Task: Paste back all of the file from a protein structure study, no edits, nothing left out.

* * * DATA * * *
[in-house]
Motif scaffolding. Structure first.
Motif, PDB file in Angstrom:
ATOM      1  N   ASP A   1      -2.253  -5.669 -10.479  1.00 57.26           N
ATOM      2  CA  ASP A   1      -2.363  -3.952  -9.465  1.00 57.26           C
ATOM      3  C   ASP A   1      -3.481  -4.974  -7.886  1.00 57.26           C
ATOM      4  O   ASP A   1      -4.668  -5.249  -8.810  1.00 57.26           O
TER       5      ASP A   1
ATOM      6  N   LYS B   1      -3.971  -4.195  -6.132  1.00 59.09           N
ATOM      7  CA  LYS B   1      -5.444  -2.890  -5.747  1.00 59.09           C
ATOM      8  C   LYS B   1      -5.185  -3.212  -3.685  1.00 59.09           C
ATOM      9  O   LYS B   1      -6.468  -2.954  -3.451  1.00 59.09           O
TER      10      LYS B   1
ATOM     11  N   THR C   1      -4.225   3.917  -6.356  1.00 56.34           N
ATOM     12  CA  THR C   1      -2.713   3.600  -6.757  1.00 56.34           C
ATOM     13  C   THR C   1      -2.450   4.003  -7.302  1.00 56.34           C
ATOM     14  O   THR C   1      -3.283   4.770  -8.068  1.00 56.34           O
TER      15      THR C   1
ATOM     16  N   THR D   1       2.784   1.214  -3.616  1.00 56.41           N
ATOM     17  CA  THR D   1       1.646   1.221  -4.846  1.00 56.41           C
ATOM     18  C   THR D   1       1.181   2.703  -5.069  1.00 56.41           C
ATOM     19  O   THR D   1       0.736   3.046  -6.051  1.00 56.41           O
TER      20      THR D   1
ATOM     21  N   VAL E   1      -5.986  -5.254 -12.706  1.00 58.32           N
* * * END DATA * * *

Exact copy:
[in-house]
Motif scaffolding. Structure first.
Motif, PDB file in Angstrom:
ATOM      1  N   ASP A   1      -2.253  -5.669 -10.479  1.00 57.26           N
ATOM      2  CA  ASP A   1      -2.363  -3.952  -9.465  1.00 57.26           C
ATOM      3  C   ASP A   1      -3.481  -4.974  -7.886  1.00 57.26           C
ATOM      4  O   ASP A   1      -4.668  -5.249  -8.810  1.00 57.26           O
TER       5      ASP A   1
ATOM      6  N   LYS B   1      -3.971  -4.195  -6.132  1.00 59.09           N
ATOM      7  CA  LYS B   1      -5.444  -2.890  -5.747  1.00 59.09           C
ATOM      8  C   LYS B   1      -5.185  -3.212  -3.685  1.00 59.09           C
ATOM      9  O   LYS B   1      -6.468  -2.954  -3.451  1.00 59.09           O
TER      10      LYS B   1
ATOM     11  N   THR C   1      -4.225   3.917  -6.356  1.00 56.34           N
ATOM     12  CA  THR C   1      -2.713   3.600  -6.757  1.00 56.34           C
ATOM     13  C   THR C   1      -2.450   4.003  -7.302  1.00 56.34           C
ATOM     14  O   THR C   1      -3.283   4.770  -8.068  1.00 56.34           O
TER      15      THR C   1
ATOM     16  N   THR D   1       2.784   1.214  -3.616  1.00 56.41           N
ATOM     17  CA  THR D   1       1.646   1.221  -4.846  1.00 56.41           C
ATOM     18  C   THR D   1       1.181   2.703  -5.069  1.00 56.41           C
ATOM     19  O   THR D   1       0.736   3.046  -6.051  1.00 56.41           O
TER      20      THR D   1
ATOM     21  N   VAL E   1      -5.986  -5.254 -12.706  1.00 58.32           N